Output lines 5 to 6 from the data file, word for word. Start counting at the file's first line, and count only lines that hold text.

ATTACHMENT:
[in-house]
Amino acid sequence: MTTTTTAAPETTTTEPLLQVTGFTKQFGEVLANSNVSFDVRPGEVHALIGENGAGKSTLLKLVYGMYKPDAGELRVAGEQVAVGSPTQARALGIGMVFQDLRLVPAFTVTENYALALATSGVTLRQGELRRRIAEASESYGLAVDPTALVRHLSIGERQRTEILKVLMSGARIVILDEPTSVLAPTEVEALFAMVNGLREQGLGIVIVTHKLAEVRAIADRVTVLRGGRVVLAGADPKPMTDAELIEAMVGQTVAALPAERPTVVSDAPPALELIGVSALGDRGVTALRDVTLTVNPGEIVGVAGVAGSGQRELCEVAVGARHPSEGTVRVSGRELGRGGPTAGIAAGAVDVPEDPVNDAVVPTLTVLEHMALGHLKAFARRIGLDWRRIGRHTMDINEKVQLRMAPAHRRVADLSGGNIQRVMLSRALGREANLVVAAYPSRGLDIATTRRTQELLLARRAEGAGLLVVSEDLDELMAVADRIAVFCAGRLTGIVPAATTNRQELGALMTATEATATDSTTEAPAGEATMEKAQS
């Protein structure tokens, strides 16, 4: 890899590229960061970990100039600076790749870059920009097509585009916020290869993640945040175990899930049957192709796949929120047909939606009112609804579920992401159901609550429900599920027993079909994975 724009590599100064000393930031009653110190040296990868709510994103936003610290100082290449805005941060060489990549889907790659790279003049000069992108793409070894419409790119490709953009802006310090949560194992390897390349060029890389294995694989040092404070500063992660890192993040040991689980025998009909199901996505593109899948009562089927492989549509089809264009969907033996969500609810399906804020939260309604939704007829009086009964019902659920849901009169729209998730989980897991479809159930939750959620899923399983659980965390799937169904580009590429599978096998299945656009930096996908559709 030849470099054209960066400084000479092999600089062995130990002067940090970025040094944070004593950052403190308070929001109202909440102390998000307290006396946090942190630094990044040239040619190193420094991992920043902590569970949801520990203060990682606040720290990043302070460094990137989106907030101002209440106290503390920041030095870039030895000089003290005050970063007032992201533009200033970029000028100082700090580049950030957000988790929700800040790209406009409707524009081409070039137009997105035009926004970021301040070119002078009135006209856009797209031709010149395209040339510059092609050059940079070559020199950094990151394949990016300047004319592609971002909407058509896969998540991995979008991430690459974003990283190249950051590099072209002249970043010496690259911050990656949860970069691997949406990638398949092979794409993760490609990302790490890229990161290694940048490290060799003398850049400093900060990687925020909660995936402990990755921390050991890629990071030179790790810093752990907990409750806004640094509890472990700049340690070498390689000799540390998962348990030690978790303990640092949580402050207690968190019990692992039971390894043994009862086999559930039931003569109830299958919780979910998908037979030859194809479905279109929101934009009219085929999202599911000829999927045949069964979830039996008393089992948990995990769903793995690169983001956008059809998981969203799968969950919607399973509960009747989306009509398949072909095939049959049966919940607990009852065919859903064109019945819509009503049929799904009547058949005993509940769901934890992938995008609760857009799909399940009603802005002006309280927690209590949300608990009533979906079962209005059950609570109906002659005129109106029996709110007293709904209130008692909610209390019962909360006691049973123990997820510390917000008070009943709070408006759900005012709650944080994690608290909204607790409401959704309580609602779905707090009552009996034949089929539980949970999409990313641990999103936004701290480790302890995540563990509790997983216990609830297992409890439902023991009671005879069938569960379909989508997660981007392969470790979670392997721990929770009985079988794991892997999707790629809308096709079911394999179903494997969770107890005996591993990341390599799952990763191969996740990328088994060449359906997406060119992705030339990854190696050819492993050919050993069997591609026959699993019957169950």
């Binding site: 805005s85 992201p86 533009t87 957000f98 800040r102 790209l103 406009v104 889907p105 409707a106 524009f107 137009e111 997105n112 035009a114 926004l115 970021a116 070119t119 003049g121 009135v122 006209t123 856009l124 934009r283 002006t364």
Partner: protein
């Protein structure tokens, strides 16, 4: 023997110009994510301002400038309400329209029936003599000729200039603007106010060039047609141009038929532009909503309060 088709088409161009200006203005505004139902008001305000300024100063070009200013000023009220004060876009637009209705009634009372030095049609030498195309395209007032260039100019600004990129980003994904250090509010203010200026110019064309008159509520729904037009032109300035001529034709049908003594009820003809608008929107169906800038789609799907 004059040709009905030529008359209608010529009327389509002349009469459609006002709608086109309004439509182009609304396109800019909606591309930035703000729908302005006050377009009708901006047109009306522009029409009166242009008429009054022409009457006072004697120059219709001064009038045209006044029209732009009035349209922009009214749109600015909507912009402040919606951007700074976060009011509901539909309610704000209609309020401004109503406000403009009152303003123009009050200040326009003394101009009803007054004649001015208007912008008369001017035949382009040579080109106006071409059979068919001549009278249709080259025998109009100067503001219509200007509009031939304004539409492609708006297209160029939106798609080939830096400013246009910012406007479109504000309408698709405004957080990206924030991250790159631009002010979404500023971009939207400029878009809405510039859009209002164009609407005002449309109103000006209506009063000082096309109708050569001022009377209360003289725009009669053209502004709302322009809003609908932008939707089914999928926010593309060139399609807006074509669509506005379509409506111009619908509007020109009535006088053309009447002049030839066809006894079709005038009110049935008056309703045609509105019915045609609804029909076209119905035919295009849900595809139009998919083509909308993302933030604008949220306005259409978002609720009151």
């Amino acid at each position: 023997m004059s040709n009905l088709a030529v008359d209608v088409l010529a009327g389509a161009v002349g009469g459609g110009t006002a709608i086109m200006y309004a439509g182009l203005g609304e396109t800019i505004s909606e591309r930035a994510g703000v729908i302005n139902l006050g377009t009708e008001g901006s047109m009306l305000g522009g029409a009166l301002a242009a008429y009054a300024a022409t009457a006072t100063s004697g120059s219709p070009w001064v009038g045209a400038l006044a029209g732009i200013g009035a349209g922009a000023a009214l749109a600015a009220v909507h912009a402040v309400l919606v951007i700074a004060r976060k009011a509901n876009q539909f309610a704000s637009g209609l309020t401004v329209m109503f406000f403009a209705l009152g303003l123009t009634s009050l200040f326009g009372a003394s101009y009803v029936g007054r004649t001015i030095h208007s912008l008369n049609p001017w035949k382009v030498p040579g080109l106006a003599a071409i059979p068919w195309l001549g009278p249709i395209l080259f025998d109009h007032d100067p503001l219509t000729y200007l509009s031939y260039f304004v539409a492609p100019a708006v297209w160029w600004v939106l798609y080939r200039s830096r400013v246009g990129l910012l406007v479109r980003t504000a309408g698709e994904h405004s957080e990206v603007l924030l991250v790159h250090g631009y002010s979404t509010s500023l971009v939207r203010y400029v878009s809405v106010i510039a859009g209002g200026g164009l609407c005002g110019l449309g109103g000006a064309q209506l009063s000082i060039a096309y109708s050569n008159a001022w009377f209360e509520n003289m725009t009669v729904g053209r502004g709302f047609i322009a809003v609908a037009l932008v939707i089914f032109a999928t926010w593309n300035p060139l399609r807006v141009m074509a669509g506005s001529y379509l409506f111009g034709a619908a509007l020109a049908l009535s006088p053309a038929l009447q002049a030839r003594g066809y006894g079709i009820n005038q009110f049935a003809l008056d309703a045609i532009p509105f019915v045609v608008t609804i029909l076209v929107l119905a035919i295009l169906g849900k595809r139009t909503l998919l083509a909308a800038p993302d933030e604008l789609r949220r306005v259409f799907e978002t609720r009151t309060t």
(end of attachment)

Partner: protein
């Protein structure tokens, strides 16, 4: 023997110009994510301002400038309400329209029936003599000729200039603007106010060039047609141009038929532009909503309060 088709088409161009200006203005505004139902008001305000300024100063070009200013000023009220004060876009637009209705009634009372030095049609030498195309395209007032260039100019600004990129980003994904250090509010203010200026110019064309008159509520729904037009032109300035001529034709049908003594009820003809608008929107169906800038789609799907 004059040709009905030529008359209608010529009327389509002349009469459609006002709608086109309004439509182009609304396109800019909606591309930035703000729908302005006050377009009708901006047109009306522009029409009166242009008429009054022409009457006072004697120059219709001064009038045209006044029209732009009035349209922009009214749109600015909507912009402040919606951007700074976060009011509901539909309610704000209609309020401004109503406000403009009152303003123009009050200040326009003394101009009803007054004649001015208007912008008369001017035949382009040579080109106006071409059979068919001549009278249709080259025998109009100067503001219509200007509009031939304004539409492609708006297209160029939106798609080939830096400013246009910012406007479109504000309408698709405004957080990206924030991250790159631009002010979404500023971009939207400029878009809405510039859009209002164009609407005002449309109103000006209506009063000082096309109708050569001022009377209360003289725009009669053209502004709302322009809003609908932008939707089914999928926010593309060139399609807006074509669509506005379509409506111009619908509007020109009535006088053309009447002049030839066809006894079709005038009110049935008056309703045609509105019915045609609804029909076209119905035919295009849900595809139009998919083509909308993302933030604008949220306005259409978002609720009151």